Alcohol Sensitizes Brain Response to Food Aromas
The first study of its kind measuring the brain's role in mediating caloric intake following alcohol consumption among women shows that alcohol exposure sensitizes the brain's response to food aromas and increases caloric intake.
The research, led by William J. A. Eiler II, PhD, of the Indiana University School of Medicine's departments of medicine and neurology, adds to the current body of knowledge that alcohol increases food intake, also known as the apéritif effect, but shows this increased intake doesn't rely entirely on the oral ingestion of alcohol and its absorption through the gut. The study was published in the July issue of the Obesity.
"The brain, absent contributions from the gut, can play a vital role in regulating food intake. Our study found that alcohol exposure can both increase the brain's sensitivity to external food cues, like aromas, and result in greater food consumption," Eiler says. "Many alcoholic beverages already include empty calories, and when you combine those calories with the aperitif effect, it can lead to energy imbalance and possible weight gain."
Researchers conducted the study in 35 nonvegetarian, nonsmoking women at a healthy weight. To test the direct effects of alcohol on the brain, researchers circumvented the digestive system by exposing each participant to intravenously administered alcohol at one study visit and then to a placebo (saline) on another study visit, prior to eating. Participants were observed, and brain responses to food and nonfood aromas were measured using blood oxygenation level dependent response via functional magnetic resonance imaging scans. After imaging, participants were offered a lunch choice between pasta with Italian meat sauce and beef and noodles.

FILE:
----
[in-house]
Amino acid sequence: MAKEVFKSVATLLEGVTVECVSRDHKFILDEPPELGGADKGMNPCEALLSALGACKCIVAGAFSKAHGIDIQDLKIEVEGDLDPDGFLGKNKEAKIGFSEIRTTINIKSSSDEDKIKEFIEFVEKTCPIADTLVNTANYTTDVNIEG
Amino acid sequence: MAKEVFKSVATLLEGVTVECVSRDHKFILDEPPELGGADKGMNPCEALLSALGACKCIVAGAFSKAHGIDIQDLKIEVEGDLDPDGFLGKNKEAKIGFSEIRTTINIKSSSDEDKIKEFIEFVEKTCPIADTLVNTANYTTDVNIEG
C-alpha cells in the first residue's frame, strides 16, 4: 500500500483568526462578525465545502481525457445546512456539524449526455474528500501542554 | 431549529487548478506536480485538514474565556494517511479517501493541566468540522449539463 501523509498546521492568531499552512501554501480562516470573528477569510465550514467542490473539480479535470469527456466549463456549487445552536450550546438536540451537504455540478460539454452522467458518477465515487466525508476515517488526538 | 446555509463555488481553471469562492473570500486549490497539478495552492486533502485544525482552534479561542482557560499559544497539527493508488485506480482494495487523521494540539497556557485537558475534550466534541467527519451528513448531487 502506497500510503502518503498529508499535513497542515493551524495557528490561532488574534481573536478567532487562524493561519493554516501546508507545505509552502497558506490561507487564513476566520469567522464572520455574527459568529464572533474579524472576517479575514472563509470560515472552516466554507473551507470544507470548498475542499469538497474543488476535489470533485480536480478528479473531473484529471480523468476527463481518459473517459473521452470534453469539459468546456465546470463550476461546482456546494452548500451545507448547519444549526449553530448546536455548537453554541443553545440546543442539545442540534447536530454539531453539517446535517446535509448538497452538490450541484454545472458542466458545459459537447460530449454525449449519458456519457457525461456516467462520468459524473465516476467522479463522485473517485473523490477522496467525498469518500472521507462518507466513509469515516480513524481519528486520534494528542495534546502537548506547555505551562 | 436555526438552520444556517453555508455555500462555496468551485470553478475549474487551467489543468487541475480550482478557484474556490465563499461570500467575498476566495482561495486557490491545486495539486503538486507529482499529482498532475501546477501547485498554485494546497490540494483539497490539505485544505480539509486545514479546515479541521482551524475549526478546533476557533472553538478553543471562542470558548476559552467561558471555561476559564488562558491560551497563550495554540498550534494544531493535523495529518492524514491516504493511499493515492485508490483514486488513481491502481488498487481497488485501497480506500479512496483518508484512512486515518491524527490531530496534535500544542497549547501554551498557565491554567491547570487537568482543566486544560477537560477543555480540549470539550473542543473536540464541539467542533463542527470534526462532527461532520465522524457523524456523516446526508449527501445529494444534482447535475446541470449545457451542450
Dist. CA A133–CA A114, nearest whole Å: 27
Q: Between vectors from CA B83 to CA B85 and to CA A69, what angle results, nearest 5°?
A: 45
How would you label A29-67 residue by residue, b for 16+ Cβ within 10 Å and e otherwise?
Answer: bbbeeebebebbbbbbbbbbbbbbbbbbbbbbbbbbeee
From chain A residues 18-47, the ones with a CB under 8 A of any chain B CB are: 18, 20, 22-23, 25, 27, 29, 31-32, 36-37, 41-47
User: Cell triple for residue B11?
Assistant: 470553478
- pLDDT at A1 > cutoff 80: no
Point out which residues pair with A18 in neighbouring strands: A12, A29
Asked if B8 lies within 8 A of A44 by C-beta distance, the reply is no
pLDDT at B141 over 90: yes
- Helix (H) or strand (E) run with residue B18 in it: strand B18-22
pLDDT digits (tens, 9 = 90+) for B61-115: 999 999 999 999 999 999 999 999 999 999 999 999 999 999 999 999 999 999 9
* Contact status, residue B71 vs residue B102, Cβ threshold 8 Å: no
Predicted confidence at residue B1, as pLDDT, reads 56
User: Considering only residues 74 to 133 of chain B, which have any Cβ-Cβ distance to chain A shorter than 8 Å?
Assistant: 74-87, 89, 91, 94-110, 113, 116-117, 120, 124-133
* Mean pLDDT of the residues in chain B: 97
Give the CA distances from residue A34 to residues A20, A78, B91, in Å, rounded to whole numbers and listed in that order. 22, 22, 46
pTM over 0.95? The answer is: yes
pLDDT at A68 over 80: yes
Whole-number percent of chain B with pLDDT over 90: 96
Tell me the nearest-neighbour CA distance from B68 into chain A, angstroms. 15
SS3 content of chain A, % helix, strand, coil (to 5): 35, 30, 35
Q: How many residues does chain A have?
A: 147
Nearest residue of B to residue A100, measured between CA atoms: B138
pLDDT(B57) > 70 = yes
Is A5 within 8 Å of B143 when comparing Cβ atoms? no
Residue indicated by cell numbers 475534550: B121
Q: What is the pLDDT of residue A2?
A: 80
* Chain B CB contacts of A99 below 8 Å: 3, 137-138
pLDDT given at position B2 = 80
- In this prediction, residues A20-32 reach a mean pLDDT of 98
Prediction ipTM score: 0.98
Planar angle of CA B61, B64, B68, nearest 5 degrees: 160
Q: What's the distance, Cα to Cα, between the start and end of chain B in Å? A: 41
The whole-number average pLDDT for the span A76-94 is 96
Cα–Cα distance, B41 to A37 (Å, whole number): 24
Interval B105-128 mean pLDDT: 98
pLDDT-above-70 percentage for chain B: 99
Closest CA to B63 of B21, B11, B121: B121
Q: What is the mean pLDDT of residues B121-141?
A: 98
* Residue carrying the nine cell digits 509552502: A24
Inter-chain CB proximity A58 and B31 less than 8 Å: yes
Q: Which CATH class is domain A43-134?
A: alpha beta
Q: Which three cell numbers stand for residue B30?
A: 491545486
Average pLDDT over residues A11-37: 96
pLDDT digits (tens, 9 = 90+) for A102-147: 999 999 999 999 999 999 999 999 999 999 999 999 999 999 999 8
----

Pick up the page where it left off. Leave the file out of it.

When participants received intravenous alcohol, they ate more food at lunch, on average, compared with when they were given the placebo. However, there were individual differences, with one-third of participants eating less after alcohol exposure compared with placebo exposure. In addition to changes in consumption, the area of the brain responsible for certain metabolic processes, the hypothalamus, also responded more to food odors, compared with nonfood odors, after alcohol infusion vs saline. The researchers concluded that the hypothalamus may therefore play a role in mediating the impact of alcohol exposure on our sensitivity to food cues, contributing to the aperitif phenomenon.
"This research helps us to further understand the neural pathways involved in the relationship between food consumption and alcohol," says Martin Binks, PhD, FTOS, secretary treasurer of The Obesity Society and an associate professor of nutrition sciences at Texas Tech University. "Often, the relationship between alcohol on eating is oversimplified; this study unveils a potentially more complex process in need of further study."
Study authors agree and call for further research into the mechanism by which the hypothalamus affects food reward.
"Today, nearly two-thirds of adults in the United States consume alcohol, with wine consumption rising, which reinforces the need to better understand how alcohol can contribute to overeating," Binks says.
— Source: The Obesity Society